I have no idea! Funny you should ask because I was just talking to my cousins about how it doesn't matter what you study in school. What matters is that the school teaches you how to think. That's the most important thing. It doesn't mean that if you studied for something, you must go into that field. I think it's a lot of pressure for kids to figure out, but I encourage everyone to take a course that you feel passionately about because you have to think about it for four years—and you won't be good at it if you don't love it. As for me, I got into branding because I love that world. Creating a brand just came so naturally to me because I guess I'm such a control freak (laughs), and I like everything to be done in the way that I want to see it so, yeah, that came quite easily to me.
How did you develop the Sunnies branding and decide on everything—from the brand personality, voice, colors, visuals, etc.?
It’s obviously not something I just did on my own. Martine and I work hand in hand. She's the Creative Director, and we can read each other's minds pretty much and, you know, that's been key to the success of Sunnies. I also think that just with my partners, we all—from the very beginning of the brand—put branding first, which is a huge task. We are all on the same page and we all do things that uplift and elevate the brand, and we have OG Sunnies members that we created the brand with. So it's really something that I can't take full credit for. I just guide its direction, but it's really a labor of love from so many people.
From a one-stop shop for sunglasses, Sunnies Studios eventually grew into a full-service shop selling both sunglasses and prescription eyewear. On their online store, which ships worldwide, you can also book an in-store appointment or a virtual consultation. They also have Specs on Wheels, where a team goes to your home for your personalized, at-home optical service
How important is branding to a brand/business?
Well, a brand just wouldn't be around without it. It just wouldn't exist. As a function of the name in itself: you can't have a brand without branding. But, you know, it's something that I feel, even when we started Sunnies, wasn't top of mind. People marketed products; they didn't market a brand, especially locally. And I feel that there have been pioneers in this, like Nike and those types of brands that have invested so much in their brands. But fast forward to 10 years later, I think it is now on everyone's mind. You invest in your brand; you protect your brand; you do things for your brand; and you don't do things that diminish that brand value.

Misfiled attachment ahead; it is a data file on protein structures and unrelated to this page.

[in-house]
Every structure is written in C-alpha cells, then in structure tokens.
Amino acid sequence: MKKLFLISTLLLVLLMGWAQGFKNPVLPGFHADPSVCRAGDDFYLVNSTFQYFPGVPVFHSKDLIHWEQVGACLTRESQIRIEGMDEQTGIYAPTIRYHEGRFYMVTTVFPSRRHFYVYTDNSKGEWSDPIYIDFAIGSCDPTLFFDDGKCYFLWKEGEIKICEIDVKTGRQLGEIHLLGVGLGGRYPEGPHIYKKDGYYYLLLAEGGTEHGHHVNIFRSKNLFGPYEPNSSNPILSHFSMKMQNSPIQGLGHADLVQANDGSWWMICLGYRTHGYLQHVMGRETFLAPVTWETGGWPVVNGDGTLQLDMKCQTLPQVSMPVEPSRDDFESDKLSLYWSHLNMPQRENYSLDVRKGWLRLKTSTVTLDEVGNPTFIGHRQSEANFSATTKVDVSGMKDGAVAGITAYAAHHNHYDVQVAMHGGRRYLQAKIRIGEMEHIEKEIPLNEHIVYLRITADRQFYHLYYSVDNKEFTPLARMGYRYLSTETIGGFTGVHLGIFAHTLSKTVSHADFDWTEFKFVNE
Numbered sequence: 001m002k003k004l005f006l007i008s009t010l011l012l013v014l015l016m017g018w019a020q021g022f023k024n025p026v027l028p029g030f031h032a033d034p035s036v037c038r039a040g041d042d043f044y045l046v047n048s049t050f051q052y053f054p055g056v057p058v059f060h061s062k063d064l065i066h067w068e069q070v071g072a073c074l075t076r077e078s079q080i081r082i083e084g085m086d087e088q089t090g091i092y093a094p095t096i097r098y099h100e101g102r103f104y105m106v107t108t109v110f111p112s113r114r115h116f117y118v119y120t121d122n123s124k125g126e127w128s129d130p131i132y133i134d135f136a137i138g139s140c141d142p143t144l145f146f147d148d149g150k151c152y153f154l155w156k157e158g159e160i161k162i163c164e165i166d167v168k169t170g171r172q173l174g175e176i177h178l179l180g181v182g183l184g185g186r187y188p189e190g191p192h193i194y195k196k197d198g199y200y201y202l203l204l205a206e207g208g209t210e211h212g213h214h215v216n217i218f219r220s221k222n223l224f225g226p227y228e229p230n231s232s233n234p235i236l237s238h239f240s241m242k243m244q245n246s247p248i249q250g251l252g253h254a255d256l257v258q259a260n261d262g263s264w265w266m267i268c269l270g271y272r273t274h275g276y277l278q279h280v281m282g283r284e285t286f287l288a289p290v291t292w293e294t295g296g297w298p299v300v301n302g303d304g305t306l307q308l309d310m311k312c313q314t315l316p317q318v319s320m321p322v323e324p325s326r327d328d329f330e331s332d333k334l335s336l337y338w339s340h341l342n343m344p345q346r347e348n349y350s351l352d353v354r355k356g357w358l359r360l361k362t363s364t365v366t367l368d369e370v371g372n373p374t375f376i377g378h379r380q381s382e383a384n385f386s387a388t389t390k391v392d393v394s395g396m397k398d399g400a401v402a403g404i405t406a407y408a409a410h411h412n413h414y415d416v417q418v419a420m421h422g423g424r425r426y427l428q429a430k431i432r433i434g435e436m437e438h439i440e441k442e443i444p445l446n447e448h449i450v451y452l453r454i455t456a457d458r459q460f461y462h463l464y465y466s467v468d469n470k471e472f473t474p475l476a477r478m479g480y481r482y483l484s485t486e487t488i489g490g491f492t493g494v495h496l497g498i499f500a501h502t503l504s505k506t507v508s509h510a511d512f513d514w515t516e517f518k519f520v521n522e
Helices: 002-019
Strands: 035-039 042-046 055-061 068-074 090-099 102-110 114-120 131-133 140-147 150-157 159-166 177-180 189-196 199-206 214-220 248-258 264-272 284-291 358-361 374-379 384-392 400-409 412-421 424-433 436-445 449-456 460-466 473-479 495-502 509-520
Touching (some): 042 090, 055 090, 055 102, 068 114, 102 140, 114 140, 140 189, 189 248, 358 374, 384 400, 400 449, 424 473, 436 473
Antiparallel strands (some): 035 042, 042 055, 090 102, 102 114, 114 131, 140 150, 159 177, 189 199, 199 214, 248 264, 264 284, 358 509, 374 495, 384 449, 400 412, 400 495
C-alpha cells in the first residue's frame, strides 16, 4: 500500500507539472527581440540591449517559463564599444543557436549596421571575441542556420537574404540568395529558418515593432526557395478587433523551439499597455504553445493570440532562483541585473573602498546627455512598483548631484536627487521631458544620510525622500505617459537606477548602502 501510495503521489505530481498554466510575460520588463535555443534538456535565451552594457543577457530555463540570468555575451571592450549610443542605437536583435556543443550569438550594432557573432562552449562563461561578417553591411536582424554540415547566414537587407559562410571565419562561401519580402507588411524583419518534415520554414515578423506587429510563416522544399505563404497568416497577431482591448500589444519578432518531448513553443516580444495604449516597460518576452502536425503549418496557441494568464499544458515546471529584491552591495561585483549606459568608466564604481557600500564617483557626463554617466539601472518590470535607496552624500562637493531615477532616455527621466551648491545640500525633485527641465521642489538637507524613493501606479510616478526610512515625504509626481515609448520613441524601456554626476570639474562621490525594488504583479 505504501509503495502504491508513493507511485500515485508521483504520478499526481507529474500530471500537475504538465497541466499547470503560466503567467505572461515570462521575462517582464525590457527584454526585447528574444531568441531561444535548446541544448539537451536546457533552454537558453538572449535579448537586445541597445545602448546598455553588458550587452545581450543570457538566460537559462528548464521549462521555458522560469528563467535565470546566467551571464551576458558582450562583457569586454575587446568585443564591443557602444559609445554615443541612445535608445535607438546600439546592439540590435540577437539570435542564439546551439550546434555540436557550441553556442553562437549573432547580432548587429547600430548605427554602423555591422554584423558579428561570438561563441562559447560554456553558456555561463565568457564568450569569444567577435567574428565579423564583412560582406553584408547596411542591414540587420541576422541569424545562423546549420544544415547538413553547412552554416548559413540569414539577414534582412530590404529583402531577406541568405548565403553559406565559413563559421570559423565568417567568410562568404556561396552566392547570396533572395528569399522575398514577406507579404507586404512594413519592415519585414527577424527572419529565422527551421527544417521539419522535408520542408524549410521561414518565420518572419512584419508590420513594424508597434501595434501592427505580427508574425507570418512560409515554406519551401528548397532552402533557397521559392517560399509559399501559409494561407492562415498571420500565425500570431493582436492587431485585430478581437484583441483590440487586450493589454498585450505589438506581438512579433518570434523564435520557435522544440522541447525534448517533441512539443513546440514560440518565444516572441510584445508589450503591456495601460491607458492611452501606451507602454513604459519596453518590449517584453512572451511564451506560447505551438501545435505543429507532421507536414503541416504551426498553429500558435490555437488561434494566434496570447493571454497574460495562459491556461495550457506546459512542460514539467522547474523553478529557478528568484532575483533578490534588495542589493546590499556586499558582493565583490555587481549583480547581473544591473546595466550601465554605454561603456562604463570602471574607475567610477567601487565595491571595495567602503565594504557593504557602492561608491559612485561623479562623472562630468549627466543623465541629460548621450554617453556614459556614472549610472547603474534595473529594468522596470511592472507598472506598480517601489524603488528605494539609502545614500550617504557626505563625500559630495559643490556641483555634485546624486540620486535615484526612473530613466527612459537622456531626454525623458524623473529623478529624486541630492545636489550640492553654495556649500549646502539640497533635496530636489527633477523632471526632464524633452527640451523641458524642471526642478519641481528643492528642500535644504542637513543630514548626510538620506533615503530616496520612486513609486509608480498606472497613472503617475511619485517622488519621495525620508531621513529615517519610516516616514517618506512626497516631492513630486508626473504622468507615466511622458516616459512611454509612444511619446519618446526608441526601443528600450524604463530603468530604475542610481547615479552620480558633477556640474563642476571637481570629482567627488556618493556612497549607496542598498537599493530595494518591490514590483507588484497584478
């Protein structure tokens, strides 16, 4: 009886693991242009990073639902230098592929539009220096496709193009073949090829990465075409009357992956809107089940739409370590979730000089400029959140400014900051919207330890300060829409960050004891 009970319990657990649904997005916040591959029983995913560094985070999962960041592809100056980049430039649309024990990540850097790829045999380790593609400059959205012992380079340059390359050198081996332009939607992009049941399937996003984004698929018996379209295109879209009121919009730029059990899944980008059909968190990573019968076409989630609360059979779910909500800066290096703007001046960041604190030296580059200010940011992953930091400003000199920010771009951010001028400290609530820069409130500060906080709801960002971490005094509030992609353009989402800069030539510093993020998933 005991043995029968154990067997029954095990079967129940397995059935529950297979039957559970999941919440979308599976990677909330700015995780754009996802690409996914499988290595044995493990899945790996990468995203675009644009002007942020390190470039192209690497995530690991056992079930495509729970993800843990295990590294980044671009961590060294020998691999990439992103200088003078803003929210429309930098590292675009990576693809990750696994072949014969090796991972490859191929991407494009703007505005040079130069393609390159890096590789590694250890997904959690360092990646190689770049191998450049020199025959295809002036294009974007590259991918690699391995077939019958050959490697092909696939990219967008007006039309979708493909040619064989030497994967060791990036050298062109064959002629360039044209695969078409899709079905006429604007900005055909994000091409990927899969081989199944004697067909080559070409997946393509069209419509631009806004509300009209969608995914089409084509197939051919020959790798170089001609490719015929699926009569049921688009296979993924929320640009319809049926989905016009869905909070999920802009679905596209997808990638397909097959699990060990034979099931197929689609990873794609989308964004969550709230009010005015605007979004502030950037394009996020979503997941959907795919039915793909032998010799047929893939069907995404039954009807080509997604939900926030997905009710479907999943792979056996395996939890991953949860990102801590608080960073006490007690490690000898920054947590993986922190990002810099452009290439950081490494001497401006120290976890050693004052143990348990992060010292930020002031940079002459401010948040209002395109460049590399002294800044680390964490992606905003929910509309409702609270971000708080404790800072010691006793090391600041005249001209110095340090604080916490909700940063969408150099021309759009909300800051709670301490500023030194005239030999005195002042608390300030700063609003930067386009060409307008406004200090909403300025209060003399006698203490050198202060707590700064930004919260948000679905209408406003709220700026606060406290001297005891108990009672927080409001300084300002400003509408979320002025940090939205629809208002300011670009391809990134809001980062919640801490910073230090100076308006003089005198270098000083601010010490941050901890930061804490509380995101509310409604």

From specs, you ventured into beauty and F&B. How did that happen? Was that always the plan? How do you decide on which “industry” to venture into next?
I really like this question because I think it's something that didn’t happen in such a straightforward manner. And that's something that I love—we at Sunnies, we don't really follow any rules. We don't follow a playbook. We do what's right for us. What do we love? What do we feel our consumers will love and need? So I think it was more… it just came up and we reacted to what we felt was appropriate for the market and what we knew we could do well.
As the Brand Director, how do you make sure everything under the Sunnies umbrella is consistently on-brand?
That's a great question! I don't sleep! (laughs) We have guidelines. We have review sessions. I have an amazing team. And if something doesn't feel on-brand, it becomes top priority and we'll call each other up. Branding is something that we really value. It’s hard to micromanage but, with branding, you end up doing that because branding is in every little detail, in every touch point. Everyone prioritizing the value of protecting our brand is the most important thing.